Frequently Asked Questions

What is Linkerd?

Linkerd is a service mesh. It adds observability, reliability, and security to Kubernetes applications without code changes. For example, Linkerd can monitor and report per-service success rates and latencies, can automatically retry failed requests, and can encrypt and validate connections between services, all without requiring any modification of the application itself.

What's the difference between Linkerd and Istio?

Linkerd is significantly lighter and simpler than Istio. Linkerd is built for security from the ground up, ranging from features like on-by-default mTLS, a data plane that is built in a Rust, memory-safe language, and regular security audits. Finally, Linkerd has publicly committed to open governance and is hosted by the CNCF.

What's the difference between Linkerd and Envoy?

Envoy is a proxy; Linkerd is a service mesh. Linkerd has a control plane and a data plane, and uses a proxy is a component of the data plane. While Envoy can be used as a component of a service mesh, Linkerd uses an ultralight “micro-proxy” called Linkerd2-proxy, which is built in Rust for safety and performance.

Why doesn't Linkerd use Envoy?

Envoy is a complex general-purpose proxy. Linkerd uses a simple and ultralight “micro-proxy” called Linkerd2-proxy that is built specifically for the service mesh sidecar use case. This allows Linkerd to be significantly smaller and simpler than Envoy-based service meshes. The choice of Rust also allows Linkerd to avoid a whole class of CVEs and vulnerabilities that can impact proxies written in non-memory-safe languages like C++. See Why Linkerd doesn’t use Envoy for more.

Who owns Linkerd and how is it licensed?

Linkerd is hosted by the Cloud Native Computing Foundation (CNCF). The CNCF owns the trademark; the copyright is held by the Linkerd authors themselves. Linkerd is licensed under the Apache 2.0 license.

Who created Linkerd?

Linkerd was originally created by Buoyant. Buoyant continues to be a sponsor of the project and to provid commercial support.

Who is Linkerd for?

Linkerd is for everyone. (See Linkerd’s Commitment to Open Governance.) In practice, Linkerd has certain technical prerequisites, such as Kubernetes.

How do I pronounce Linkerd?

Linkerd rhymes with “Cardi B”. The “d” is pronounced separately, as in “Linker-DEE”.

How do I write Linkerd?

Just like this: Linkerd. Capital “L”, lower-case everything else.

Is there a Linkerd "enterprise edition"?

No. Linkerd is fully open source with everything you need to run it in production as part of the open source project.

Can I get commercial support?

Yes. See the list of companies that provide commercial support for Linkerd.

What's on the Linkerd roadmap?

See the Linkerd project roadmap. You may also review the active GitHub issues for shorter-term objectives.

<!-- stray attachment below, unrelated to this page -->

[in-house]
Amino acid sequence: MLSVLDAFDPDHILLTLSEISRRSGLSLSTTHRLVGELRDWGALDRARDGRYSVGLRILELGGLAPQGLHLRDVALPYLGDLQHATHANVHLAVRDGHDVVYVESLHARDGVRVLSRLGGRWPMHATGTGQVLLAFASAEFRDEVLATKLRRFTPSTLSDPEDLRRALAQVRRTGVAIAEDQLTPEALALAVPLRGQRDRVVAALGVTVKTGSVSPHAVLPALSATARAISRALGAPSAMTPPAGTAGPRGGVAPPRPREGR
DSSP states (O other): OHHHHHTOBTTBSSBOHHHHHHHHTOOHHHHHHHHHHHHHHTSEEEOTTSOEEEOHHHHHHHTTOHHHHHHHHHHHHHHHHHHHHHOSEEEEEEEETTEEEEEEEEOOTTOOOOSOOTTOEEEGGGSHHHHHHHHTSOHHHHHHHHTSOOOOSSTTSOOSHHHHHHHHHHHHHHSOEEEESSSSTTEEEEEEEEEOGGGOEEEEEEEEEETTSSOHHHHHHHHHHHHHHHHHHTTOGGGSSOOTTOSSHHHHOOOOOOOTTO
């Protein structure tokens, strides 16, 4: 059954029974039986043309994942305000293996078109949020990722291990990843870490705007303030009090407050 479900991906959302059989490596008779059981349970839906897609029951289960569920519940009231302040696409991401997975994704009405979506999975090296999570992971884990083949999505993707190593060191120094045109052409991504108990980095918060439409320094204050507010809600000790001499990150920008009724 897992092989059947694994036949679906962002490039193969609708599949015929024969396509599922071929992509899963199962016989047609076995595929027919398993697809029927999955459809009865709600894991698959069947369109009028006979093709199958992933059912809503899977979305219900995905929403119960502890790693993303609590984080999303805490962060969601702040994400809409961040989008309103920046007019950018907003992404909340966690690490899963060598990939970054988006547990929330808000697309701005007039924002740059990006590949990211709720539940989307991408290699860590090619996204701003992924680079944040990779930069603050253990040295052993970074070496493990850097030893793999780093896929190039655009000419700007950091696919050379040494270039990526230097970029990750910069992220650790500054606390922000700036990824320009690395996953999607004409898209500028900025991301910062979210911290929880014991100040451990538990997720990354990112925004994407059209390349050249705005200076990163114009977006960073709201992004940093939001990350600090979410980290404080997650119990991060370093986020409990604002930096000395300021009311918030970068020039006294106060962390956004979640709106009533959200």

Can I present Linkerd to my team / company / meetup group?

Certainly! The public Linkerd meetup slides might be helpful.

How do I use Linkerd to route traffic between services?

Linkerd is designed to be fully transparent. You address other services just as you would without Linkerd, e.g. service-name.namespace.svc.cluster.local, or service-name if within the same namespace.

Does Linkerd handle ingress traffic?

No. For reasons of simplicity, Linkerd doesn’t provide ingress itself, but instead works in conjunction with the ingress controller of your choice.

What happens to Linkerd's proxies if the control plane is down?

Linkerd’s proxies do not integrate with Kubernetes directly, but rely on the control plane for service discovery information. The proxies are designed to continue operating even if they can’t reach the control plane. If the control plane dies, existing proxies will continue to operate with the latest service discovery information. Additionally, they will fall back to DNS if asked to route to a service they don’t have information for. (Thus, if the control plane is down, but new services are created, you may notice different load balancing behavior until the control plane resumes.) Once the control plane is functional, the Linkerd proxies will resume communication as normal. If new proxies are deployed when the control plane is unreachable, these new proxies will not be able to operate. They will timeout all new requests until such time as they can reach the control plane.

What CPU architectures can Linkerd run on?

Linkerd uses multi-arch container images with support for x86, amd64, arm64, and arm.

How can I get involved?

We’d love to have you get involved! See our Linkerd Community page.